In the October 2021 survey we received responses from 1,179,448,021 sites across 265,426,928 unique domains and 11,388,826 web-facing computers. This reflects a loss of 8.59 million sites, but a gain of 1.07 million domains and 20,800 computers.
The number of unique domains powered by the nginx web server grew by 789,000 this month, which has increased its total to 79.5 million domains and its leading market share to 29.9%. Conversely, Apache lost 753,000 domains and saw its second-place share fall to 24.7%. Meanwhile, Cloudflare gained 746,000 domains – almost as many as nginx – but it stays in fourth place with an 8.15% share while OpenResty’s shrank slightly to 14.5%.
Cloudflare also made strong progress amongst the top million websites, where it increased its share by 0.24 percentage points to 18.2%. nginx is in second place with a 22.5% (+0.12pp) share but has closed the gap on Apache which still leads with 24.0% after losing 0.21pp.
Apache also continues to lead in terms of active sites, where it has a total of 48.0 million. However, it was the only major vendor to suffer a drop in this metric, with a loss of 277,000 active sites reducing its share down to 23.9% (-0.29pp). In terms of all sites, nginx lost the most (-9.99 million) but remains far in the lead with a total of 412 million.
Apache vulnerability being actively exploited in the wild
Apache 2.4.51 was released on 7 October. This is the latest release in the 2.4.x stable branch, which the developers consider to be the best available version of the Apache HTTP Server; but more importantly, this release fixes a path traversal vulnerability present in Apache 2.4.49 and 2.4.50. Apache 2.4.50 was itself released a day earlier in an attempt to fix the vulnerability present in 2.4.49, but the fix was found to be insufficient.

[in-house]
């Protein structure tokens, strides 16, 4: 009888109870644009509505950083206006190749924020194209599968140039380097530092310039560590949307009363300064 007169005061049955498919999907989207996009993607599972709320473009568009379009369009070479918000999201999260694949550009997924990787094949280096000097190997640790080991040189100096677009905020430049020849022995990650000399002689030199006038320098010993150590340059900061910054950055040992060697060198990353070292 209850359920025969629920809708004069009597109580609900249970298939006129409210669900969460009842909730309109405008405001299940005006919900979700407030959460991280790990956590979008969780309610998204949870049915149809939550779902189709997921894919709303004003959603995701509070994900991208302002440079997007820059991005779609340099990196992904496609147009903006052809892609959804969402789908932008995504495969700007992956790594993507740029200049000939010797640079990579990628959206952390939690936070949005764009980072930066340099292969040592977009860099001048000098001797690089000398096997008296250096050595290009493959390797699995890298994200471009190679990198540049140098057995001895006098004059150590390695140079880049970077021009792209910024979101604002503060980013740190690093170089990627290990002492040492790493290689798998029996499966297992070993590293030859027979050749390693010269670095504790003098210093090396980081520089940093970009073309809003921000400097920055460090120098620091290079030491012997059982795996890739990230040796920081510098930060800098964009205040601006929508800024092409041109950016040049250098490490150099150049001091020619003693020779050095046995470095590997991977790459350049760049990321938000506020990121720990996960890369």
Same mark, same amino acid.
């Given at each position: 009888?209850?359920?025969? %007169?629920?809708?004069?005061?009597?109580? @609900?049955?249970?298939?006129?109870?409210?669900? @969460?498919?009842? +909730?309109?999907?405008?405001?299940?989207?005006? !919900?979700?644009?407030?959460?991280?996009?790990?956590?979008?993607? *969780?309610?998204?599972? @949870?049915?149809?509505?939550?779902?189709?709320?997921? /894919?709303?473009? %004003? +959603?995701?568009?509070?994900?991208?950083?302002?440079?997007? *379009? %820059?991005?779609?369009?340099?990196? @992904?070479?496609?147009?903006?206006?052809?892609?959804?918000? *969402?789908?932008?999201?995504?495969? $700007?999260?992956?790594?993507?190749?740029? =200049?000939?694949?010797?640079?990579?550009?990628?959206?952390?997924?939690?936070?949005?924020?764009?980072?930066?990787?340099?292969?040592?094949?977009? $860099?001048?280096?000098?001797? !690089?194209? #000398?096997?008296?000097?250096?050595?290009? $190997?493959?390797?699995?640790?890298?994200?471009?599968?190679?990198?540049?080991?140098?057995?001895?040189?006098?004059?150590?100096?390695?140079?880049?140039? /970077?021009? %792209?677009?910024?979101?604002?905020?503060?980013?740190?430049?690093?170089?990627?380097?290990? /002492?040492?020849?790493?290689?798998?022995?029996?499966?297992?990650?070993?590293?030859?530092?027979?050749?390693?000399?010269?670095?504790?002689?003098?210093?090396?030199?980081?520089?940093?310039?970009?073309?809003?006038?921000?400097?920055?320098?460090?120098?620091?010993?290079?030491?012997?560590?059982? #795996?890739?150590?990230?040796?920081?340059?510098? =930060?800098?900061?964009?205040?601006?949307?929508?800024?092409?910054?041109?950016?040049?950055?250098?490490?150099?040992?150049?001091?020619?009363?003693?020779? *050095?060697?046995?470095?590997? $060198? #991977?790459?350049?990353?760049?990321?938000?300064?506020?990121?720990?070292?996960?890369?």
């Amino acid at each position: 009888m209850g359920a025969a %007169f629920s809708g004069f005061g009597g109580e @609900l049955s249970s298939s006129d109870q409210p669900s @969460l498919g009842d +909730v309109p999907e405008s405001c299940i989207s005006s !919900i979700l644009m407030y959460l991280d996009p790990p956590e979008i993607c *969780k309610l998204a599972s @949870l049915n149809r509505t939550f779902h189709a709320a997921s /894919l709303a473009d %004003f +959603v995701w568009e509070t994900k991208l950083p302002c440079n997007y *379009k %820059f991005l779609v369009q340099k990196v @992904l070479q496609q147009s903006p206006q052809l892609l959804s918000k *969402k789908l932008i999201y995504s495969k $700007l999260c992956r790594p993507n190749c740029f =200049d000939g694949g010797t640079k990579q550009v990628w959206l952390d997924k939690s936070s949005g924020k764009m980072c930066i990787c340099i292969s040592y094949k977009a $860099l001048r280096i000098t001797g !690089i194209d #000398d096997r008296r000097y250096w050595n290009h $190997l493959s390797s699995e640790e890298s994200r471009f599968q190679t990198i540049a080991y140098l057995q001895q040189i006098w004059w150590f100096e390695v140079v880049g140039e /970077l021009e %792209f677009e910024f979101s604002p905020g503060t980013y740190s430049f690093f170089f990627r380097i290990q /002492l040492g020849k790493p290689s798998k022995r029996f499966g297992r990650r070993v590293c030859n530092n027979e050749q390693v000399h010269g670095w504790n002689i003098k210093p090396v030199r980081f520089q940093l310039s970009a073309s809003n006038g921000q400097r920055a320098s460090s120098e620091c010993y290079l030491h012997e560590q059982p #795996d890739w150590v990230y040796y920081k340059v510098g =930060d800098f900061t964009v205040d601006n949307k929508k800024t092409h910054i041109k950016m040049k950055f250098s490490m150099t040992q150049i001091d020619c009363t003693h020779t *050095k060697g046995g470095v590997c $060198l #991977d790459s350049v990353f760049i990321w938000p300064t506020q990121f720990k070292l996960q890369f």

The vulnerability is being actively exploited in the wild, so anyone still running an unpatched Apache 2.4.49 or 2.4.50 installation should upgrade immediately. In some cases, the path traversal vulnerability could facilitate remote code execution on the web server.
Due to the nature of this vulnerability, some otherwise vulnerable installations may be immune to attack if a web application firewall (WAF) is in place, or if a frontend proxy or load balancer modifies malicious requests in a way that makes them safe. For instance, all vulnerable Apache installations served via the Cloudflare content delivery network would have been protected from the outset if Normalize URLS to origin were enabled, and the Cloudflare WAF has rules that would have stopped many exploit attempts.
Other vendor and hosting news
During September, Microsoft released fixes for three elevation of privilege and one remote code execution vulnerabilities in the Open Management Infrastructure (OMI) framework, which is used by several Azure Virtual Machine management extensions. The remote code execution vulnerability can only affect customers using a Linux management solution with remote OMI enabled. A full list of the vulnerable extensions and update availability is being maintained on the Microsoft Security Response Center blog.
Microsoft announced the general availability its Azure Purview data governance solution on 28 September.
On 5 October, Microsoft removed the waiting list for its Azure NetApp Files bare-metal cloud file storage and data management service.
lighttpd 1.4.60 was released on 3 October. This version includes a large number of changes, including several bugfixes and improved handling of HTTP/2 connections.
LiteSpeed Web Server 6.0.9 was released on 20 September to address several bugs and add a new log rotation feature. OpenLiteSpeed 1.7.14 – the open source edition of LiteSpeed Web Server Enterprise – was released on 7 September.